"Attitudes to the direct participation of children in proceedings have evolved in recent [in Re W (A Child) [2016] EWCA Civ 1051] Black LJ observed (paragraph 27):

'The question of whether a child is able, having regard to his or her understanding, to instruct a solicitor must be approached having in mind this acknowledgment of the autonomy of children and of the fact that it can at times be in their interests to play some direct part in the litigation about them. What is sufficient understanding in any given case will depend upon all the facts.'

 It is also important to note the observation of this Court in Re S (A Minor) (Independent Representation) [1993] 2 FLR 437 that 'understanding is not an absolute. It has to be assessed relatively to the issues in the proceedings'."

Baker LJ emphasised the burden that was incumbent on a court when dealing with a child with disabilities.  It was wrong of the court to have relied upon the earlier assessment of competence:

"...Four months had passed since that assessment and, at Z's age, the passage of such a period of time may be significant.  Secondly, the distinction in the rules between specified and non-specified proceedings obliges the court to ensure that any assessment of competence in public law proceedings focuses on the issues arising in those proceedings which involve the statutory intrusion into family life and therefore inevitably an interference with Article 8 rights. Thirdly, on the specific facts of this case, the primary issues in the two sets of proceedings were different. The primary issue in the private law proceedings was whether Z should have contact with his mother. The primary issue in the public law proceedings at the interim stage was whether he should be removed from his father. If, as this Court observed in Re S, the level of understanding has to be assessed relatively to the issue in the proceedings, Z's understanding of the issues surrounding the proposal that he be removed from the family home may be materially different to his understanding of the issues relating to contact with his mother."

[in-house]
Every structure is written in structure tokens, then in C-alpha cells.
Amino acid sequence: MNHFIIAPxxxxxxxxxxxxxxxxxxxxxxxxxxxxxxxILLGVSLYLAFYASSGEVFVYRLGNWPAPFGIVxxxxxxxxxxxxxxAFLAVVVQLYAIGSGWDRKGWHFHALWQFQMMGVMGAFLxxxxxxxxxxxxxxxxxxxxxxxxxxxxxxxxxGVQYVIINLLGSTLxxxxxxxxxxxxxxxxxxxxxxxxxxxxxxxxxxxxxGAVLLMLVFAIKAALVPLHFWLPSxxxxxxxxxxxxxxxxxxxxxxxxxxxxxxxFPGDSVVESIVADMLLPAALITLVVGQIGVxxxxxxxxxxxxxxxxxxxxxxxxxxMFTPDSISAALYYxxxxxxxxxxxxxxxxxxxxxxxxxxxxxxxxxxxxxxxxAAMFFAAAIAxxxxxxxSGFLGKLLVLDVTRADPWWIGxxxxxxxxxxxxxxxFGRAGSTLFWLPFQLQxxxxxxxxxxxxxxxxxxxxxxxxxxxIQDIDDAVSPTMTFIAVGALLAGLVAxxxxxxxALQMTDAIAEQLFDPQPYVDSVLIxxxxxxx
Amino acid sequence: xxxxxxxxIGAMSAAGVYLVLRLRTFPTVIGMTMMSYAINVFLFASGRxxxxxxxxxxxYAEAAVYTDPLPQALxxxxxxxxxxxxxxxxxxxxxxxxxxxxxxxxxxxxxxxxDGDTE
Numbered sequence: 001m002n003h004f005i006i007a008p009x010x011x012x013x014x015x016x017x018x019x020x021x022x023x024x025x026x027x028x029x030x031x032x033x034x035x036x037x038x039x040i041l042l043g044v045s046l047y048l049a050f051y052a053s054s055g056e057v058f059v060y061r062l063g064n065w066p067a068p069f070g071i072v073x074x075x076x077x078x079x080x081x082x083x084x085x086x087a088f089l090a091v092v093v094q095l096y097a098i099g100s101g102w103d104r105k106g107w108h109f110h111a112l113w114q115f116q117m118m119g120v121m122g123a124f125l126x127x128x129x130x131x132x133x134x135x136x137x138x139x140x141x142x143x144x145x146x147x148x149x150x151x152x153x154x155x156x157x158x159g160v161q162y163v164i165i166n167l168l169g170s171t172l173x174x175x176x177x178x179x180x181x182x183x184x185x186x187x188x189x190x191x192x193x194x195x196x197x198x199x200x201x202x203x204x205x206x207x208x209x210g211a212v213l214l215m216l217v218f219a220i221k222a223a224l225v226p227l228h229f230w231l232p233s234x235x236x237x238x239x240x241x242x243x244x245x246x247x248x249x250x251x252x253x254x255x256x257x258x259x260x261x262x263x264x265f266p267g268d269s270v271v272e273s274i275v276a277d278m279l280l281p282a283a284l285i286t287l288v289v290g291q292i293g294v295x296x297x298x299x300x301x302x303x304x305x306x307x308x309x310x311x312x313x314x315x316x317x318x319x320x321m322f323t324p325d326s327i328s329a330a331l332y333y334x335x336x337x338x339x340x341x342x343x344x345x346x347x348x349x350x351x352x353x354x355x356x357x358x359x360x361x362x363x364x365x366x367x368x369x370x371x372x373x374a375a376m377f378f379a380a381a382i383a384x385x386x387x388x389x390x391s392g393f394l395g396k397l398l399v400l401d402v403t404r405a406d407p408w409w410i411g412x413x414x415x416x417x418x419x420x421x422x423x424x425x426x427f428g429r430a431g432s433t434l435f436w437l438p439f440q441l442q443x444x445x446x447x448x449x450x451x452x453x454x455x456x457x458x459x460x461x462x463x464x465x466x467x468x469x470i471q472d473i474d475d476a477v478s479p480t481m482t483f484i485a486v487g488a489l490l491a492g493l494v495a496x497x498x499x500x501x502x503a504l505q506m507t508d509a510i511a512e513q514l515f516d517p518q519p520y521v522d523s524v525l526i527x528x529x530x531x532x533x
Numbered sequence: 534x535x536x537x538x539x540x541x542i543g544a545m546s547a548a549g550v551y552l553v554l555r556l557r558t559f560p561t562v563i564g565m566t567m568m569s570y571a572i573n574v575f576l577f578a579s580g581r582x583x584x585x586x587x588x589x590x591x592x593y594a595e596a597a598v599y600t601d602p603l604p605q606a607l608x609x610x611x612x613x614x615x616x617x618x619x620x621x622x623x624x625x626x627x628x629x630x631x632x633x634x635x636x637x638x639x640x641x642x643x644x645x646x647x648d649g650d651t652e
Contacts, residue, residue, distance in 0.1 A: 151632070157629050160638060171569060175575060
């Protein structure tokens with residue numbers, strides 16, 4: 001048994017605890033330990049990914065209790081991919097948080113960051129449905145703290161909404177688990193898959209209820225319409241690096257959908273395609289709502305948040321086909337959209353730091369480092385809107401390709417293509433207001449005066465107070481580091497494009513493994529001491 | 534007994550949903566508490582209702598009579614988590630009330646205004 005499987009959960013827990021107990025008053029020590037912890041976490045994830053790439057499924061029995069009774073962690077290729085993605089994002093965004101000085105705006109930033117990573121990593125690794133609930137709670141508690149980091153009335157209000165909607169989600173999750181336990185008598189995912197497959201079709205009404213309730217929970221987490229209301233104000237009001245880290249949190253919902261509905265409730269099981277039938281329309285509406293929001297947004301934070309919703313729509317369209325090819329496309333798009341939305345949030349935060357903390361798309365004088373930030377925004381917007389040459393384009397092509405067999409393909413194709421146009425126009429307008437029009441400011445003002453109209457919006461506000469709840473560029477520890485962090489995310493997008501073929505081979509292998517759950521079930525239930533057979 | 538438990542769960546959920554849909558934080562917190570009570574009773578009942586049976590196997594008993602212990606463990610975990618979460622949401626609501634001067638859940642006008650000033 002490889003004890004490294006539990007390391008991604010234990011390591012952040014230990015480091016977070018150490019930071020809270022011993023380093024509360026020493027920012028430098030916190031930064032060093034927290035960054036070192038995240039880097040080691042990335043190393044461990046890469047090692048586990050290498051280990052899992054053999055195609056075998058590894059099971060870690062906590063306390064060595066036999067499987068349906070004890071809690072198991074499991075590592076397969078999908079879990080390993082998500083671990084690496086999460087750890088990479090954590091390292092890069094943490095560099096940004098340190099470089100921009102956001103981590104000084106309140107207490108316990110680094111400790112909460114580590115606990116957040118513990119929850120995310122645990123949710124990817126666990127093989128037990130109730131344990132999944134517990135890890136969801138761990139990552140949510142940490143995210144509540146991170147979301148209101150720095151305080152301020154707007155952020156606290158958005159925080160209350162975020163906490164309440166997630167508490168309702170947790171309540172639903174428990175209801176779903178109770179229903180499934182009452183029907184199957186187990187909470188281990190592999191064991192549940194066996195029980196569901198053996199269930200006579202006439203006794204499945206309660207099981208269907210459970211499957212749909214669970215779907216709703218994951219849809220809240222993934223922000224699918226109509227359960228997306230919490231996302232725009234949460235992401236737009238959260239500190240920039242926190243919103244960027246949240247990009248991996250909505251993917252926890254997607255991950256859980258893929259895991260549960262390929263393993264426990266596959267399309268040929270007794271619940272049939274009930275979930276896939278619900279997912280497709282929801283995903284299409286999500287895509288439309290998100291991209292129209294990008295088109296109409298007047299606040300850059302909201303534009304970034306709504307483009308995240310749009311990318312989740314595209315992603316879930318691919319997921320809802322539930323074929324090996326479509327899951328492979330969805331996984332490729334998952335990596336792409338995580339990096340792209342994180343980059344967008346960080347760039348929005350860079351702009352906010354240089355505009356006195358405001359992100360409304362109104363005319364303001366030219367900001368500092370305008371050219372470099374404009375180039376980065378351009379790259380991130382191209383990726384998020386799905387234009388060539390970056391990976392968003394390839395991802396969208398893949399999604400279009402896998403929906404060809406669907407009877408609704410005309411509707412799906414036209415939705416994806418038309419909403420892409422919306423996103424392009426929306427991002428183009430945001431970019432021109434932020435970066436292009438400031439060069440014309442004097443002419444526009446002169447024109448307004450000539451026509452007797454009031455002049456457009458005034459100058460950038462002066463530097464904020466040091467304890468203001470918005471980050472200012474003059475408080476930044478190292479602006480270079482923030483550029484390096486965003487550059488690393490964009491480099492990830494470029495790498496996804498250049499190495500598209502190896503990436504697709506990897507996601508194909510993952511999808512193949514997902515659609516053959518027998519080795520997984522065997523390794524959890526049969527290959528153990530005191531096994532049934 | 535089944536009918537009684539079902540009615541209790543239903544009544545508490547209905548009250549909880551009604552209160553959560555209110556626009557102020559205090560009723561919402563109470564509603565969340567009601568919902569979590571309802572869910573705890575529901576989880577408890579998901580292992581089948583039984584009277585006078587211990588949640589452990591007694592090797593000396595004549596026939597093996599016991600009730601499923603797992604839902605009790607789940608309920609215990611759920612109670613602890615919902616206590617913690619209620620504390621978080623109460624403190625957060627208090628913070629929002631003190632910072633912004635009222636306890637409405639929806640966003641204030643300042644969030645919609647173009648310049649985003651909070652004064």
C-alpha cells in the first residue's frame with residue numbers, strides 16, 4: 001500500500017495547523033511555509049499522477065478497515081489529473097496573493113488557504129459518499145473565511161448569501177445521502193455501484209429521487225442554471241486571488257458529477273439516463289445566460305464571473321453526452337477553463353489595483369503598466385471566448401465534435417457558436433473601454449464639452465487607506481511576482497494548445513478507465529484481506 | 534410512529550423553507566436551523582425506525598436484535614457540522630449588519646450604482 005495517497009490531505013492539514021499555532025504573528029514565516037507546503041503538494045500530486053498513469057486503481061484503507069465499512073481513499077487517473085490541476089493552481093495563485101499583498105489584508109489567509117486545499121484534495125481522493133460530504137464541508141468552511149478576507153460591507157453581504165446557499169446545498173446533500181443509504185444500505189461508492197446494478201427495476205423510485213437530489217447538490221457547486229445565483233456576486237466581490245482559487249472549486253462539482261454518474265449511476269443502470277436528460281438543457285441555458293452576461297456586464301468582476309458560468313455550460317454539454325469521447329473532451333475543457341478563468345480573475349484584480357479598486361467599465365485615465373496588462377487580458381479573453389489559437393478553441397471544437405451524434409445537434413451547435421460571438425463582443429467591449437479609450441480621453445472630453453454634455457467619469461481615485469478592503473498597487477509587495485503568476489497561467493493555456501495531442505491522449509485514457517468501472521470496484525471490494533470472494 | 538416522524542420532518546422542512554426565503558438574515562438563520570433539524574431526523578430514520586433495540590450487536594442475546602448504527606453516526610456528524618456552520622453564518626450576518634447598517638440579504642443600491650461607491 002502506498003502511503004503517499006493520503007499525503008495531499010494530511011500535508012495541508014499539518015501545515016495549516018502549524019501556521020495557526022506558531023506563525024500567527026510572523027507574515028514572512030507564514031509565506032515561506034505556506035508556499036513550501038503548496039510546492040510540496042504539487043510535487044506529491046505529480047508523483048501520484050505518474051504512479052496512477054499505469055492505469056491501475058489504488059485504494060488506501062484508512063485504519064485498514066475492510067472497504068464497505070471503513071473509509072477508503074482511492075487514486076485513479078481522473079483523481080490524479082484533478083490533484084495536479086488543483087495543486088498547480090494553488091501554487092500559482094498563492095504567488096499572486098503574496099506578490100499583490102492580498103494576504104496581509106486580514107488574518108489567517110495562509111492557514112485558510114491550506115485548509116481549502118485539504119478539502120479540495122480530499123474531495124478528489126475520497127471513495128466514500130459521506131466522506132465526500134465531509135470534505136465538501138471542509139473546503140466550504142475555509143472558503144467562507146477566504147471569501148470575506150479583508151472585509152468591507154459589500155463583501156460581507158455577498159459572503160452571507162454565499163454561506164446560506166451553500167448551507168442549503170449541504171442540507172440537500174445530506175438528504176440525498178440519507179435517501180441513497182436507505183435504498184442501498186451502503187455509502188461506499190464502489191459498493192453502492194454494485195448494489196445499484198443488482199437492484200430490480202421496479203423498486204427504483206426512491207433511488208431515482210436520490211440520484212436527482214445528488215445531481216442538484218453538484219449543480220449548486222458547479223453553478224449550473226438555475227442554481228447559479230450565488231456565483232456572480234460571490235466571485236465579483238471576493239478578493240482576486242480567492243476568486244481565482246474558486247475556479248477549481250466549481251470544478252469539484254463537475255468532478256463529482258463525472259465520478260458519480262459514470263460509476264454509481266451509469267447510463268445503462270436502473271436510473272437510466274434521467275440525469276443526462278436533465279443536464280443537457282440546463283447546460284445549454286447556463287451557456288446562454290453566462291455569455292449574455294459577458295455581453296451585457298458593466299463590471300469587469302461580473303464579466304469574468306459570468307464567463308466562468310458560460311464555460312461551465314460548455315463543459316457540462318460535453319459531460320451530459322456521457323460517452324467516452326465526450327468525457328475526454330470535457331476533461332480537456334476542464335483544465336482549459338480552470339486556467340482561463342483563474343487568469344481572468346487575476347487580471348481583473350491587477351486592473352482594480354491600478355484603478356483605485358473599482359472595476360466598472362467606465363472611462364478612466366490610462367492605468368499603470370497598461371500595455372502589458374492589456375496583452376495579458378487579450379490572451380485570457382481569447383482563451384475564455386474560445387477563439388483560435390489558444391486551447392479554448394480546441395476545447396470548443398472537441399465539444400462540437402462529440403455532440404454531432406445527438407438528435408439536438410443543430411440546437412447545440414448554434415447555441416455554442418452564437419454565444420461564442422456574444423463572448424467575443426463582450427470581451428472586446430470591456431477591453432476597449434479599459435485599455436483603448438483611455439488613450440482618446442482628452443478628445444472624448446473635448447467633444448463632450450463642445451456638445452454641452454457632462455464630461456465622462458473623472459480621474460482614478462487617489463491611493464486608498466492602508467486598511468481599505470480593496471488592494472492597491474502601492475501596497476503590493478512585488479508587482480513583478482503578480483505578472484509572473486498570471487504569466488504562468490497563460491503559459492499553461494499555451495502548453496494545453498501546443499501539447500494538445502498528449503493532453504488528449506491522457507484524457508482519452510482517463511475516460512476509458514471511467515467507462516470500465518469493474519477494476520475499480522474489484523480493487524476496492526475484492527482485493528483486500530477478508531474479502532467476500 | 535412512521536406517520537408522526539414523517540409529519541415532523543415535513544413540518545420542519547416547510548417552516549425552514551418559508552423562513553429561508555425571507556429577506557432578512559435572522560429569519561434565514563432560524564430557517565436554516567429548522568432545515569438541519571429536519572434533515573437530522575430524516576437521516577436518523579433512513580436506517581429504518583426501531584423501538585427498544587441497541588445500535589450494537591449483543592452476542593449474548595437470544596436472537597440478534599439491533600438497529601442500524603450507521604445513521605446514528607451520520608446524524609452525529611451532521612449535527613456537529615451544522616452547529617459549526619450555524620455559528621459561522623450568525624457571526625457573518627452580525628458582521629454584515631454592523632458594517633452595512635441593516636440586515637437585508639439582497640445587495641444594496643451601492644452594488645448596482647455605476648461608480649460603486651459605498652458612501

When findings of fact are open to a court

The case of X, T, A, E and S (Children) [2020] EWCA Civ 1680 involved a complicated factual background and an unusual decision for the court hearing fact-finding issues, namely whether T's injuries were inflicted by another person or self-inflicted.

Baker LJ (giving the lead judgment and allowing the appeal to a limited extent) had no difficulty in concluding that the judge was entitled to determine that some of the injuries were inflicted and that the other children were exposed to emotional harm as a result.  The difficulty arose in the decision as to the reasons for T's self-harming in relation to some of the other injuries.  The judge had concluded that it was as a result of emotional harm or neglect.  That conclusion was to go too far.  Such a conclusion was not sought, was not part of cross-examination by the local authority and was properly a question for the welfare hearing.


Re W (Children: Reopening/Recusal) [2020] EWCA Civ 1685 was a private law case dealing with issues of recusal, the appearance of bias and the correct procedure to be employed on such issues.  In that case the judge was wrong to have recused herself.